Malachim is the Hebrew word for messengers or angels. Each of the 40 Malachim Jewish Angel Cards has an artistic image and a blessing word in English, Hebrew, pronunciation on one side. They are 1x3 inches big, making it easy to hold the set in your hand.
You can lay the malachim face down, take a moment for personal reflection, Kavannah (intention), and then randomly select one. The malach/message might affirm, remind, or inspire you – or maybe it sparks a new understanding. You can use the malachim in families, in community, in solitude.
There is a tradition that we are given a neshama yetera (extra soul) on Shabbat so some people pick two on Shabbat. Others pick during Havdallah, the ceremony that marks the end of Shabbat, to find a focus as they begin their new week. Some Rosh Hodesh groups begin their ritual or study with participants picking from the malachim. This enables individuals to find a kavannah [focus] for their time together or for their month.
While in groups, some people choose to discuss their messages and how they are relevant. Others keep them private. As with all good folk traditions, uses and understandings change over time – so add your own!
The Evolving Tradition of Malachim Jewish Angel Cards
The tradition of malachim Jewish angel cards began in a circle of friends in Jerusalem in 1989. We sang Shalom Aleichem to honor the beginning of Shabbat, noting that the words of the song welcome the "messengers/angels of peace," which are said to frequent the homes of those who celebrate Shabbat (Talmud, Tractate Shabbat, page 119a). I created a set of malachim to accompany our singing.
Many women, men, families, classes, and Rosh Hodesh groups have taken this idea and made their own sets with images and messages that are resonant for them. As of Spring 2005, there is also one other printed set of Jewish Angel Cards and one set of Kavannah Cards on the market.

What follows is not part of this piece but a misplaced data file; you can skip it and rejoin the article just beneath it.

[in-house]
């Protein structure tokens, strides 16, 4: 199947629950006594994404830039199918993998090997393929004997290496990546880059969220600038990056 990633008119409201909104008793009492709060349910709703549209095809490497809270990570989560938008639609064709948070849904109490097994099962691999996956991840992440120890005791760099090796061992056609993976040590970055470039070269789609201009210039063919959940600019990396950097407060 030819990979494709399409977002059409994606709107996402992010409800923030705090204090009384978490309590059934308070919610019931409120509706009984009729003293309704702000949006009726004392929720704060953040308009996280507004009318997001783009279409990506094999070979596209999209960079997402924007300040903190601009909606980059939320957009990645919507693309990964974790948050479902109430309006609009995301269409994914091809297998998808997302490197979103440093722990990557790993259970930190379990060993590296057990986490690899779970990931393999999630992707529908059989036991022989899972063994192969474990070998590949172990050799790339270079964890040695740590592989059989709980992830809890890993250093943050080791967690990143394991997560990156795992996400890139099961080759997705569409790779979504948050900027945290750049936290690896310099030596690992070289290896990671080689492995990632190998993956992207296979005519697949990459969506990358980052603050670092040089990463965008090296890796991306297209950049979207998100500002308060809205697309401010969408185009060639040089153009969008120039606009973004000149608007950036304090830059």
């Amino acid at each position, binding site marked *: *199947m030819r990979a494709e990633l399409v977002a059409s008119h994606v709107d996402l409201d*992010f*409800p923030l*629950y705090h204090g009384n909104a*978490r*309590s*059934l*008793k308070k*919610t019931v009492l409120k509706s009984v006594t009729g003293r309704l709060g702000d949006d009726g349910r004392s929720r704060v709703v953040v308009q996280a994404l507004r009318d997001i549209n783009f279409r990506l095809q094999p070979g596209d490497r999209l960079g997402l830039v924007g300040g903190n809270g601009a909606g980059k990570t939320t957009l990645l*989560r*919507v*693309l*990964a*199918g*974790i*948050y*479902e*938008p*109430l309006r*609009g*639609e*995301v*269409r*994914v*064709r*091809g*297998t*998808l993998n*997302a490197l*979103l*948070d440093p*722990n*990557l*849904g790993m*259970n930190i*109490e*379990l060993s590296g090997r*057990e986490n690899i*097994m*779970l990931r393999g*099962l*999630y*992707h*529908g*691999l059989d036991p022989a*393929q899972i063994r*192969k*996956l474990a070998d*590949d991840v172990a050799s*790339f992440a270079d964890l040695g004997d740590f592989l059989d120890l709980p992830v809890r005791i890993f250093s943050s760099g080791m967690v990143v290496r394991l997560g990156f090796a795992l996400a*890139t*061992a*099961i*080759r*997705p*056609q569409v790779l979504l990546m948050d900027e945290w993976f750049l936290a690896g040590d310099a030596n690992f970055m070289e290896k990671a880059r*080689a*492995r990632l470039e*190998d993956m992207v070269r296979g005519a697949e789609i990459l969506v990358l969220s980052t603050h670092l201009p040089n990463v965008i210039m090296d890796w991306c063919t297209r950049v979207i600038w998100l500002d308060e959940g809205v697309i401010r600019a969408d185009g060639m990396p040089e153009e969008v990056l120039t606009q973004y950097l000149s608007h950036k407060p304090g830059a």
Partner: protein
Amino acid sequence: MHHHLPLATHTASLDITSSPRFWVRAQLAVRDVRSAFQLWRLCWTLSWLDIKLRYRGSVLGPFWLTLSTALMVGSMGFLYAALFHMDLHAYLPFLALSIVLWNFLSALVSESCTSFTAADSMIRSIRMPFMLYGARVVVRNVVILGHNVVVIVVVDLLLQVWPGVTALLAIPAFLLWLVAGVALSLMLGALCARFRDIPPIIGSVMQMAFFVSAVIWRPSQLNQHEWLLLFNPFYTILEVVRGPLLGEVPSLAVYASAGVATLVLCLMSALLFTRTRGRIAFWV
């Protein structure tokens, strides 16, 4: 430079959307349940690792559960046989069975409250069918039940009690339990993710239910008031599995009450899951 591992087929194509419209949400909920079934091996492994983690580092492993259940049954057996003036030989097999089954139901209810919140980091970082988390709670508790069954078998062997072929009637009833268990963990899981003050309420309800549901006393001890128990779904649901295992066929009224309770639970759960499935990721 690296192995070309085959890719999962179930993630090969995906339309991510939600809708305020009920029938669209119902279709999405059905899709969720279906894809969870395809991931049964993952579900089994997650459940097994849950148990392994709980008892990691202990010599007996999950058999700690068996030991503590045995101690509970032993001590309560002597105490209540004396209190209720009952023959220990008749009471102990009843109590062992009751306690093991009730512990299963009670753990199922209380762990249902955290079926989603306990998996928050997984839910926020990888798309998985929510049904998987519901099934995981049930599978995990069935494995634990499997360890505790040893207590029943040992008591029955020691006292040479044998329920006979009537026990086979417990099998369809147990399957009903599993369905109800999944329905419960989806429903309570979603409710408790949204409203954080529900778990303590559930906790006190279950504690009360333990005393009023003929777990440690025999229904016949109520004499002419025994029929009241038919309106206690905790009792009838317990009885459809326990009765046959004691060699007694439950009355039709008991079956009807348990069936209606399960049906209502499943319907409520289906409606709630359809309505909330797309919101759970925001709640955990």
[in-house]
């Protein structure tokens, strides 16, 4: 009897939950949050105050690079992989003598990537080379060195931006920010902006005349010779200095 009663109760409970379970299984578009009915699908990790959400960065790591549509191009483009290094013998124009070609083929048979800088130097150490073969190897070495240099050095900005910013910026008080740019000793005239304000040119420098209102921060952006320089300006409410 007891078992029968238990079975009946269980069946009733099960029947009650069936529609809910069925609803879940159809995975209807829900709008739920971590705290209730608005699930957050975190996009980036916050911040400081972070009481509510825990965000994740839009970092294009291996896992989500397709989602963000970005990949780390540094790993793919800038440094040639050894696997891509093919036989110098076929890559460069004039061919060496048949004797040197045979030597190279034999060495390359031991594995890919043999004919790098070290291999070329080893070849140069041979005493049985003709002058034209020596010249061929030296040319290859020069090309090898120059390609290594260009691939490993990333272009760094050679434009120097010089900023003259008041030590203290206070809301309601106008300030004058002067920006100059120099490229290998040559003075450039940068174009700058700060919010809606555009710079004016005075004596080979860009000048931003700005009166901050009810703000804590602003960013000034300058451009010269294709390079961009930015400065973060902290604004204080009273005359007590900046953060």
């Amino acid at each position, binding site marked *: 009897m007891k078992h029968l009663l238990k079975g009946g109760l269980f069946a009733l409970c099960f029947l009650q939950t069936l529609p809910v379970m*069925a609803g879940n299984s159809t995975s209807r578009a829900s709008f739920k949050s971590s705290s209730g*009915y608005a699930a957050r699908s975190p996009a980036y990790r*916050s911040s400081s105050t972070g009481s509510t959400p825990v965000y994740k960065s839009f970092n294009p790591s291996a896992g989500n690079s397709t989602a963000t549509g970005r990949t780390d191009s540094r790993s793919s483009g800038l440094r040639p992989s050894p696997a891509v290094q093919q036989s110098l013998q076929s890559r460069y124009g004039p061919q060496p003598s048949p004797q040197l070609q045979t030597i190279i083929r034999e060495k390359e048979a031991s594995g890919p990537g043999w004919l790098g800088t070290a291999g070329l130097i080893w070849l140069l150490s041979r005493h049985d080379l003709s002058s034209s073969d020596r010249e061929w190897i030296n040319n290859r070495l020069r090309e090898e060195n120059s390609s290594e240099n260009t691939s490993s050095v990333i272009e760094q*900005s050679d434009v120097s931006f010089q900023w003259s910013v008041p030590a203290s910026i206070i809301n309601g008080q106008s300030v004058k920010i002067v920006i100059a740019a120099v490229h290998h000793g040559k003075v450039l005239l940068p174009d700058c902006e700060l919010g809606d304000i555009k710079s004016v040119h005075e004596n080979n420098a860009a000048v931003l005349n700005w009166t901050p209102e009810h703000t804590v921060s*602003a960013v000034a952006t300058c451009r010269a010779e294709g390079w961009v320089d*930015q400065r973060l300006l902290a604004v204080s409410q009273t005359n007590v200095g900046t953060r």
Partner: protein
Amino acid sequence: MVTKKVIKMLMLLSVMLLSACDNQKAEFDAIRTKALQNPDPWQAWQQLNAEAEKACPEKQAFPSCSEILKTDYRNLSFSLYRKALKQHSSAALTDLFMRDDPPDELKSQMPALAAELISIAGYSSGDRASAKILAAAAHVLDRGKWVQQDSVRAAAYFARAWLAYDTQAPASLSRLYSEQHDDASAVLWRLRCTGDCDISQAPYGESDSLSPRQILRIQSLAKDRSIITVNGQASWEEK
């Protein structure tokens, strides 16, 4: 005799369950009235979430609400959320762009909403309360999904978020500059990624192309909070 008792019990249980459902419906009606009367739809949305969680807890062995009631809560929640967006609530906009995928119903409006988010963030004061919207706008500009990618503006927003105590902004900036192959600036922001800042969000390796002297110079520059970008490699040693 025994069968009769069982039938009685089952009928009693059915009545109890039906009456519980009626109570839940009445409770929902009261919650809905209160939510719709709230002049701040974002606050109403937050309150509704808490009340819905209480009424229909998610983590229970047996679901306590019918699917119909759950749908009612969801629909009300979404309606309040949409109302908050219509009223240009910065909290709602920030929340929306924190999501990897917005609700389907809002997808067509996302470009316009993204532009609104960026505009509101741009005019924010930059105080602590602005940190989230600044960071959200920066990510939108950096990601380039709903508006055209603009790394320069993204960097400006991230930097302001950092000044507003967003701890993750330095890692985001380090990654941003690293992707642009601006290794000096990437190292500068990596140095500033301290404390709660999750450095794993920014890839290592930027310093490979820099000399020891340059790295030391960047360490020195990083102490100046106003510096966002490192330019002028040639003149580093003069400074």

To make your own set for personal use is simple!
Just collect small images from cards, calendars, magazines, anything that strikes your imagination. Or, you can use your own art, photos, etc. These images might or might not connect explicitly to Judaism. Remember: anything can be reduced in size on a copying machine.
Make a list of one-word (or two-word) blessings and messages; what are the reminders, affirmations, nudges that you need? The fun part is matching up image to word. Some images might very literally and obviously match the word. I also like to match up images with words in a way that requires a bit of imagination or consideration in order to see the connection. This makes the malachim more thought provoking.
Malachim/Angels have been part of Judaism since the beginning
Most contemporary Jews do not ascribe to a literal belief in angels. However, Judaism has a rich and complex tradition of sacred texts, practices, and folklore that presume the existence of specific beings that carry divine messages and facilitate communication between people and God.
Whether malachim are understood poetically, symbolically, or literally, the questions underlying these traditions are still relevant: How do we make sense of incidents or interactions that occur in our lives? Are the decisions we make and paths we take purely of our own design? Are there forces in our world in addition to those that we can easily sense and "rationally" understand? What gives us spiritual strength as we move through the world? How do we experience that which is transcendent?
To learn more, look at the comprehensive overview of "Angels and Angelology" in the Encyclopedia Judaica.
Image © Deborah Eisenbach-Budner